The BRI is not only creating environmental risk in Myanmar but also in other member countries. A recent report by Tsinghua University’s Vivid Economics and Climateworks Foundation said that by 2050, the annual emissions of BRI countries will far exceed the target levels for complying with the Paris Climate Agreement to keep global warming below 2C.
EIA, SIA for BRI backbone projects
Environmental impact and social impact assessments for two key projects of the CMEC—the Kyaukphyu SEZ in Rakhine and the Muse-Mandalay railway project in northern Shan State and Mandalay Region— are now under way.
The nearly 415-km-long railway project is an initial part of a strategic China-Myanmar High Speed Railway, which aims to connect Kyaukphyu in Rakhine State with China’s Kunming via Muse.
The EIA for the Muse-Mandalay railway project is being carried out by Ever Green Tech Environmental Services and Training Co. Ltd based in Yangon. The company says it has held 19 public consultation meetings in the cities the railway will pass through.
The Irrawaddy has learned that according to the feasibility study, 60 tunnels, 124 bridges, 724 road crossings and 36 stations will be constructed along the railway.
Company adviser Dr. Kyaw Swar Tint told The Irrawaddy the team has discovered that some major environmental and social impacts are likely, including the loss of protected forests and watersheds, waste problems, noise and air pollution, as well as land confiscations, loss of livelihoods and other social problems caused by the massive migration that will likely be prompted by the railway project.
“Land confiscation will be the biggest problem, as most of the project areas will pass through villages and farmlands,” he said. He declined to say how many villages or how much farmland would likely be affected.
According to Dr. Kyaw Swar Tint, large areas of protected forest in the project areas would be cut down to make way for power stations, as the railway line’s 100 mph trains will be electric. He declined to say how many hectares of forest would be axed. Worse, he added, the high-speed railway would create a lot of noise and vibration, posing a threat to the beauty and nature of the Shan highlands.
Ever Green Tech also found that watersheds would be lost due to project construction. The majority of the people in Shan State rely on the area for their water resources.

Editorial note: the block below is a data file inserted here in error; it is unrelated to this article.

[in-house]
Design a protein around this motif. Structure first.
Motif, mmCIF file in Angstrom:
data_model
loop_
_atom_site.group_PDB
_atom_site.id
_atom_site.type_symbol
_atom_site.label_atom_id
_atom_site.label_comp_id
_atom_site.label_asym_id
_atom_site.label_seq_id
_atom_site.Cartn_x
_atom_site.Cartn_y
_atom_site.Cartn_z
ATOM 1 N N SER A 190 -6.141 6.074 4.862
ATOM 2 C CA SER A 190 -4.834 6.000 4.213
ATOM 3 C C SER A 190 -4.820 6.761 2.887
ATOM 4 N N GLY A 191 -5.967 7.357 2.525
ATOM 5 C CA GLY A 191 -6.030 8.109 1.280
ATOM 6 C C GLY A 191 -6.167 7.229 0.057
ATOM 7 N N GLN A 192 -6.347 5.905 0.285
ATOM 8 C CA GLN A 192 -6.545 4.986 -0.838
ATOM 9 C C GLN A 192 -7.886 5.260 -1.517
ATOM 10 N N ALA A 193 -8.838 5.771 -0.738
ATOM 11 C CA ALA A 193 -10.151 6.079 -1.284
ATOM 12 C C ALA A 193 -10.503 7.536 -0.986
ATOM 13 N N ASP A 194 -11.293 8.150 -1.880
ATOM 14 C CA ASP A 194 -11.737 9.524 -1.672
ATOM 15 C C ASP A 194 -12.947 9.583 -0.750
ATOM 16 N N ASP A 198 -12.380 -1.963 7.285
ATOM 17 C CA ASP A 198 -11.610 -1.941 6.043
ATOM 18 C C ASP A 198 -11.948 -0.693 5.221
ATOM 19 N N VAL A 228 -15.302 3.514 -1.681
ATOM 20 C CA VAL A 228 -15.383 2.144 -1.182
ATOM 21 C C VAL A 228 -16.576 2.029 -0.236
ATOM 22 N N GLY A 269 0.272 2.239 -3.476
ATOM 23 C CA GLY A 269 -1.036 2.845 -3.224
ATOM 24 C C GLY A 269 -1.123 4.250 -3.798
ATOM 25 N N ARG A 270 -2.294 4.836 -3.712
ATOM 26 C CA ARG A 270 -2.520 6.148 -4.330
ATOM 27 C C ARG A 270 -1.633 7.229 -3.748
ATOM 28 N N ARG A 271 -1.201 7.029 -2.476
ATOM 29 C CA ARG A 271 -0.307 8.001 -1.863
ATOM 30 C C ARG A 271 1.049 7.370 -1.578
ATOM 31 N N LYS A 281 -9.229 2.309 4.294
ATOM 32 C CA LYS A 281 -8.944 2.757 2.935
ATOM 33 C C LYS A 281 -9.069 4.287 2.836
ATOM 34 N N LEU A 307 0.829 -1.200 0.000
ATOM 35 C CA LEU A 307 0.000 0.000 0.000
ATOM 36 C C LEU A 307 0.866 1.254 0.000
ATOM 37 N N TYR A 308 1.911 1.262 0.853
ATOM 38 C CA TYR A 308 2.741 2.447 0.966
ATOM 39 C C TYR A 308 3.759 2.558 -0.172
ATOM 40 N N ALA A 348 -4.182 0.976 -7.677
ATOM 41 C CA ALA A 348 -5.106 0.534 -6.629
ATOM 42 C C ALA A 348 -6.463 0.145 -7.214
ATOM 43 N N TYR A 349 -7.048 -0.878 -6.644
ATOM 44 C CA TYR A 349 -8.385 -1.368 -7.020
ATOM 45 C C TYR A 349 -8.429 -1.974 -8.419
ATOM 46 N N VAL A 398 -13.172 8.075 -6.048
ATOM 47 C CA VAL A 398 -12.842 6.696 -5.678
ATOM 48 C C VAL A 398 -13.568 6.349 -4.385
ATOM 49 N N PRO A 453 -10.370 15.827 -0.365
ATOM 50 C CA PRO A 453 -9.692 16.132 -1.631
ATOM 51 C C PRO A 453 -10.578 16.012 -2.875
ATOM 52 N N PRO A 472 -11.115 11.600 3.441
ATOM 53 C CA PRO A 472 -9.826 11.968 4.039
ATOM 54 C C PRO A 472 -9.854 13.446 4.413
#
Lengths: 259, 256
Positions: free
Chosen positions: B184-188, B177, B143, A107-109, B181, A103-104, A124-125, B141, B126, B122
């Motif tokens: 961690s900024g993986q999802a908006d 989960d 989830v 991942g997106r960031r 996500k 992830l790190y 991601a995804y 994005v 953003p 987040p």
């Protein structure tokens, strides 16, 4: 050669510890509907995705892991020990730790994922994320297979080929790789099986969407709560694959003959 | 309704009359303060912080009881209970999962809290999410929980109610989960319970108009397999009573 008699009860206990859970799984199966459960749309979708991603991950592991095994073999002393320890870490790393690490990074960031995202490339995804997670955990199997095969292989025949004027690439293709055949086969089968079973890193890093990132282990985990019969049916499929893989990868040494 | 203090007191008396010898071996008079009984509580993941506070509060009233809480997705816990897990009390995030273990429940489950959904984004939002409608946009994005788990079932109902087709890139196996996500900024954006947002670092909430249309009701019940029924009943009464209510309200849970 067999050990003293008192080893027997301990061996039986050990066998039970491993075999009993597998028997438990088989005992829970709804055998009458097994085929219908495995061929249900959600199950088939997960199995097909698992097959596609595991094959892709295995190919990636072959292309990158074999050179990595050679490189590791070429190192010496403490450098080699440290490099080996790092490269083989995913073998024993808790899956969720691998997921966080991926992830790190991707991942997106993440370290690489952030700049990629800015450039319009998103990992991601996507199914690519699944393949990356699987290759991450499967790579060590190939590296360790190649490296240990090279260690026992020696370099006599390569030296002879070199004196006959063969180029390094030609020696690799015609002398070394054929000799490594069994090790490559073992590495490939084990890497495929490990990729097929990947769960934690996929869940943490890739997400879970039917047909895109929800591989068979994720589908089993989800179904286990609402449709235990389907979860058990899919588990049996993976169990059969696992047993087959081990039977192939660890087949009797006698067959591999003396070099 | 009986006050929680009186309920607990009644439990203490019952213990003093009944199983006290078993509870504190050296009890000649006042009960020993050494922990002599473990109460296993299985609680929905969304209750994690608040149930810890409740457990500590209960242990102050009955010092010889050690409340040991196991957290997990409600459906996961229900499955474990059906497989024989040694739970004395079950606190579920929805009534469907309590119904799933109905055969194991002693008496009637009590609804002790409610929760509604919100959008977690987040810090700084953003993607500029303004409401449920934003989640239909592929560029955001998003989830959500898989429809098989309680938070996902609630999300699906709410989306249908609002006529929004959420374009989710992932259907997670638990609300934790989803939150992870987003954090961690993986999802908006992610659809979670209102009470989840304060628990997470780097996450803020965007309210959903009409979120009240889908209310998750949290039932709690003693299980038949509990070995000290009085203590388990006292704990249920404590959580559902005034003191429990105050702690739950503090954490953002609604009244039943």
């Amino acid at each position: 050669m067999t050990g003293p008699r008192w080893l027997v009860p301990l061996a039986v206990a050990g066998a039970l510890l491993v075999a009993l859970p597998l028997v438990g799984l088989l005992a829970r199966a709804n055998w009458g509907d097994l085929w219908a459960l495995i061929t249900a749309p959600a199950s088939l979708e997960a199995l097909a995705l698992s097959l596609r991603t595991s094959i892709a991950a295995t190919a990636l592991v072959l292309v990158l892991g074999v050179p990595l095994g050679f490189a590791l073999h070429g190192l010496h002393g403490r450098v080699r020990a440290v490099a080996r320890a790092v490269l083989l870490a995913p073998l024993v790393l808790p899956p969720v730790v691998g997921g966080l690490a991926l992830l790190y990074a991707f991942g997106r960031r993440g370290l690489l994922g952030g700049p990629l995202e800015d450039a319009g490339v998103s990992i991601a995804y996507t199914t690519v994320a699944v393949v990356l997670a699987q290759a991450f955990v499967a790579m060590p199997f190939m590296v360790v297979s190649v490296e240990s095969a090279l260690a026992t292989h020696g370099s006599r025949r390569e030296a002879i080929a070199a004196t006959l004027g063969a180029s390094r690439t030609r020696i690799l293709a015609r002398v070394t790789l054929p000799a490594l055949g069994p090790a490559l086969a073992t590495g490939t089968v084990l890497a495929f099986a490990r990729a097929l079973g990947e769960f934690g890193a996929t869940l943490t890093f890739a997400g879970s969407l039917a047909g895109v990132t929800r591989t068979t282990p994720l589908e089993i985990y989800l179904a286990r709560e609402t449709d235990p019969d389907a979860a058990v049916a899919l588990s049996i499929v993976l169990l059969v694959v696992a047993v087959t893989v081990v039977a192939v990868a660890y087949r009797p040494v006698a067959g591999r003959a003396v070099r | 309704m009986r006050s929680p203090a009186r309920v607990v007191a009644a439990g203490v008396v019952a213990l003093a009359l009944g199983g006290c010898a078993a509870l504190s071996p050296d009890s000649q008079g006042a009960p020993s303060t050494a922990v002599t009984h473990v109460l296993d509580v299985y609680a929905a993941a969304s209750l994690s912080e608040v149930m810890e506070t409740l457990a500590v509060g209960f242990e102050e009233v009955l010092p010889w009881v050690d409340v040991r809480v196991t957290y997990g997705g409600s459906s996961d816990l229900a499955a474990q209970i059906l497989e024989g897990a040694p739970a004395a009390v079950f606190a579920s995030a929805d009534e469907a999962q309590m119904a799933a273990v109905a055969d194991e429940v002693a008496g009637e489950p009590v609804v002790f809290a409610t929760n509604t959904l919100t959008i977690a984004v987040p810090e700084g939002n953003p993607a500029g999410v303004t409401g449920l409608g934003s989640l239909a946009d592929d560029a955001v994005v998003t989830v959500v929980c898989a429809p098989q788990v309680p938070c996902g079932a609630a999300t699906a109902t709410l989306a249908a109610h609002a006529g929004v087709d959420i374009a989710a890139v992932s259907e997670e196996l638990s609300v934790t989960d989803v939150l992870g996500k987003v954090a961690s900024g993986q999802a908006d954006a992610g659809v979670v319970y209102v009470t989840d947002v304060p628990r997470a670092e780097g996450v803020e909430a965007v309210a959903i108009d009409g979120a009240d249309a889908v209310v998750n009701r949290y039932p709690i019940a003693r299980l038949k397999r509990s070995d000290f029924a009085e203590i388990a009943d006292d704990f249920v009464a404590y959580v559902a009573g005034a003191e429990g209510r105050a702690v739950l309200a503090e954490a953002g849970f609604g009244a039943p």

“This is another very important issue for a majority of local people,” he said.
As the Sino-Myanmar oil and gas pipeline passes through Shan State, the China-Myanmar Pipeline Watch Committee has also carried out research about the railway. The committee’s national coordinator, U Ye Thein Oo, told The Irrawaddy that aside from major concerns like land-grabbing without proper compensation, the ecosystem of the area would be seriously affected.
“The project is huge. They will drill into the mountains, underlay soil for the railway track and use a lot of materials for construction. It will surely affect the ecosystem, original forest areas, water resources and farmlands, even if they use high-technology methods,” U Ye Thein Oo said.
“We have raised concerns several times during the consultation meetings. But we haven’t received a satisfactory response from them,” he added, referring to government officials from Myanma Railways and their Chinese counterparts at the project developer, China Railway Eryuan Engineering Group.
In videos of the public consultation sessions obtained by The Irrawaddy, officials from Myanma Railways urge local people to accept the project, saying it will benefit them economically.
“It would take only three hours [to get] from Muse to Mandalay. The flow of trade and people will be faster and more convenient. It will be a very beneficial project for the country,” U Htay Hlaing, Myanma Railways assistant general manager, is seen saying at a public consultation meeting in Pyin Oo Lwin, Mandalay Region, in August.
Experts also complain that the Chinese company spent just four months on the feasibility study for the railway. They say it’s less than comprehensive because it excludes some townships, which the company was unable to reach due to frequent clashes between armed groups and government troops in northern Shan State.
Another backbone project is the Kyaukphyu SEZ in Rakhine State. The project, which has a 1,000-hectare industrial park and deep seaports on Made and Yanbye islands, is designed to provide China with direct access to the Indian Ocean, allowing its oil imports to bypass the Strait of Malacca.
The 2017, Kofi Annan’s Rakhine Advisory Commission report recommended the Myanmar government conduct a Strategic Environmental Assessment (SEA) and labor assessment for the Kyaukphyu SEZ before the Environmental and Social Impact Assessment (ESIA) process, to find out its consequences on local communities, and its risks and benefits for other industries in the area.